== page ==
WeHo Hires Firm to Develop Incentive Program for Preservation of Historic Apartment Buildings

housing-rehabilitation

In history-rich West Hollywood, some structures, including apartment buildings, are beginning to show their age.

At its Monday night meeting, the City Council approved a $99,000 contract with Page & Turnbull, which will “develop an incentive program for multi- family properties that are designated historic,” according to the report from city staff members. The city estimates that the total cost of the project will be $110,000.

“We believe that the City of West Hollywood represents a unique opportunity for designing an incentive program that could serve as a national model,” wrote Page & Turnbull principals John Lesak and Donovan Rypkema in an April 11 letter to the city’s Community Development Department.

“By launching this initiative, West Hollywood acknowledges three important realities: 1) historic preservation and affordable housing are important public priorities; 2) multifamily housing complexes are overwhelmingly owned by the private sector; and 3) incentives are necessary if public policy goals are to be advanced by private investment. Our goal will be identifying the means of addressing these issues, in a fashion that is effective and equitable.”

Resident Victor Olmeczenko, representing the West Hollywood Preservation Alliance, said the Alliance is eager to work with Page and Turnbull on the matter.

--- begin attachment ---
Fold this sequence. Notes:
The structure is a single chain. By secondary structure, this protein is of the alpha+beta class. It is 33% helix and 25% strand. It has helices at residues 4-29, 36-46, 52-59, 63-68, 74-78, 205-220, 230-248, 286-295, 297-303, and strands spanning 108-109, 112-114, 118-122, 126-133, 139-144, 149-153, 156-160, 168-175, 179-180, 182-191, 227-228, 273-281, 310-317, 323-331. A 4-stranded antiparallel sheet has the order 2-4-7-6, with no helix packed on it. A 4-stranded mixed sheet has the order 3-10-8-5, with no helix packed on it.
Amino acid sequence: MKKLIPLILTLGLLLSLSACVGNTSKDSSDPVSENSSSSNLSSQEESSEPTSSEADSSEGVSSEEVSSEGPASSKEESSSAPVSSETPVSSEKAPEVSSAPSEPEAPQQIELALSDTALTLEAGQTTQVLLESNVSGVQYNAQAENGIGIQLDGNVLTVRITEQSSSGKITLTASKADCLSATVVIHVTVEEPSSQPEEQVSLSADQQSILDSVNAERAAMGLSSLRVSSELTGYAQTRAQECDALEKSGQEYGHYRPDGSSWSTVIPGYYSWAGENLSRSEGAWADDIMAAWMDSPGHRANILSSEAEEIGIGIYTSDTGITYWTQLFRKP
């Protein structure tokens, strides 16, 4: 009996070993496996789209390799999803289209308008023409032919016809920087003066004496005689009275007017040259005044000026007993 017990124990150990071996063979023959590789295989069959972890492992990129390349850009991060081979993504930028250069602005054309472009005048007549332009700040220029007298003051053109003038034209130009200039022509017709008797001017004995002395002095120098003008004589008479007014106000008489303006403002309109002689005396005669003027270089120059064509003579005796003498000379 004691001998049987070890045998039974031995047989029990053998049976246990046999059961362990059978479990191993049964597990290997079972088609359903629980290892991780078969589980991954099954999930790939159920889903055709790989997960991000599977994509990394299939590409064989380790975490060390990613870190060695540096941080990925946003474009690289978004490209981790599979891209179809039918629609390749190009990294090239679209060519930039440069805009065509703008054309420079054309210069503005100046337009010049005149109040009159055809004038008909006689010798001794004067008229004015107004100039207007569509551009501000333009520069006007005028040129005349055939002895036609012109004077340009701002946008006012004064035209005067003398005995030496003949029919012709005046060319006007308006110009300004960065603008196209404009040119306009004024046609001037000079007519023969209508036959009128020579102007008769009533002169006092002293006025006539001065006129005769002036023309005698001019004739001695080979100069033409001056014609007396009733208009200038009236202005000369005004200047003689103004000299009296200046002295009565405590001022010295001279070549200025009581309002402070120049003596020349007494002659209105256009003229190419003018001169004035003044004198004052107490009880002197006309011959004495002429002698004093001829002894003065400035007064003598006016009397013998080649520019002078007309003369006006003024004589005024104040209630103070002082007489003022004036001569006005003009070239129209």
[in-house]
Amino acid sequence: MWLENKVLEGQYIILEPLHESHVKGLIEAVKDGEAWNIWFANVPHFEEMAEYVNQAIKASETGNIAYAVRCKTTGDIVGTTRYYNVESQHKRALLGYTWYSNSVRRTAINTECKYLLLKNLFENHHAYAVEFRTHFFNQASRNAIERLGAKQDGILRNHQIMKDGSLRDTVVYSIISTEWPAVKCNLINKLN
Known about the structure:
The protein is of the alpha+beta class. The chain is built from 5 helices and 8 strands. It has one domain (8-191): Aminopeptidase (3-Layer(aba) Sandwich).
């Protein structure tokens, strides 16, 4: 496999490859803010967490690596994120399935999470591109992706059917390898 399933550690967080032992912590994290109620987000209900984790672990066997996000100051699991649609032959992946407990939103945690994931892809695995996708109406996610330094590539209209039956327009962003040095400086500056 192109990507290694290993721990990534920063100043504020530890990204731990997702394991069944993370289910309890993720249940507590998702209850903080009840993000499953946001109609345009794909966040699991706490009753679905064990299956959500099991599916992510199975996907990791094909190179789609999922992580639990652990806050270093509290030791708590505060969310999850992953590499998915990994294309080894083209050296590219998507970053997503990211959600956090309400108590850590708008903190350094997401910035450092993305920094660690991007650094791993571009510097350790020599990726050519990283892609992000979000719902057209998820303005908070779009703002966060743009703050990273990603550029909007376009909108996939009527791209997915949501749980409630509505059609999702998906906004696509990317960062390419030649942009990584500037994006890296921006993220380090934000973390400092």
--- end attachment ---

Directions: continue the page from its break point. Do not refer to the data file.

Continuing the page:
“We hope this could become a national model,” said Olmeczenko.

Historic Preservation Commissioner Brad Torgan said this item was on the “radar screen of history preservationists nationwide.” Torgan told the council he was at a planning convention recently and other cities facing similar apartment building rehabilitation issues were discussing West Hollywood’s request for proposals at length.

“We seem to be the only community actively looking for solutions,” said Torgan.

The Council has been discussing the issue of aging buildings for more than a year:

  • In April 2012, Councilmember John D’Amico introduced a proposal for ways to fund needed repairs and upgrades. At that meeting, the council members emphasized that city funds could not be used for such renovations, but agreed to commission a study on other ways to fund renovations.
  • In May 2012, that report, prepared by the Clark Consulting Group, was presented to the council. It estimated it would cost $187 million to rehabilitate all of the city’s units that are 30 years or older.
  • In July 2012, the City Council directed staff to investigate the possibility of incentives for designated historic properties to preserve and protect affordable housing stock. A staff review of best industry practices determined that a new model was needed, according to the city report.
  • The RFP was released in March 2013. Page & Turnbull submitted one of the five proposals received.

According to the city report, the scope of work will include: analyzing options identified by city staff, conducting a “needs assessment,” holding focus group meetings and developing recommendations. The project is scheduled to be completed within one year.


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Snarkygal
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Snarkygal

The amount of units deemed historic, I would imagine, is rather small. What can we do to get the private sector owners of older buildings to fix up their buildings? I am seeing a lot of older buildings get an outer facelift, i.e., being painted, but what is being done to get owners to upgrade the electrical, plumbing, getting rid of termites, etc?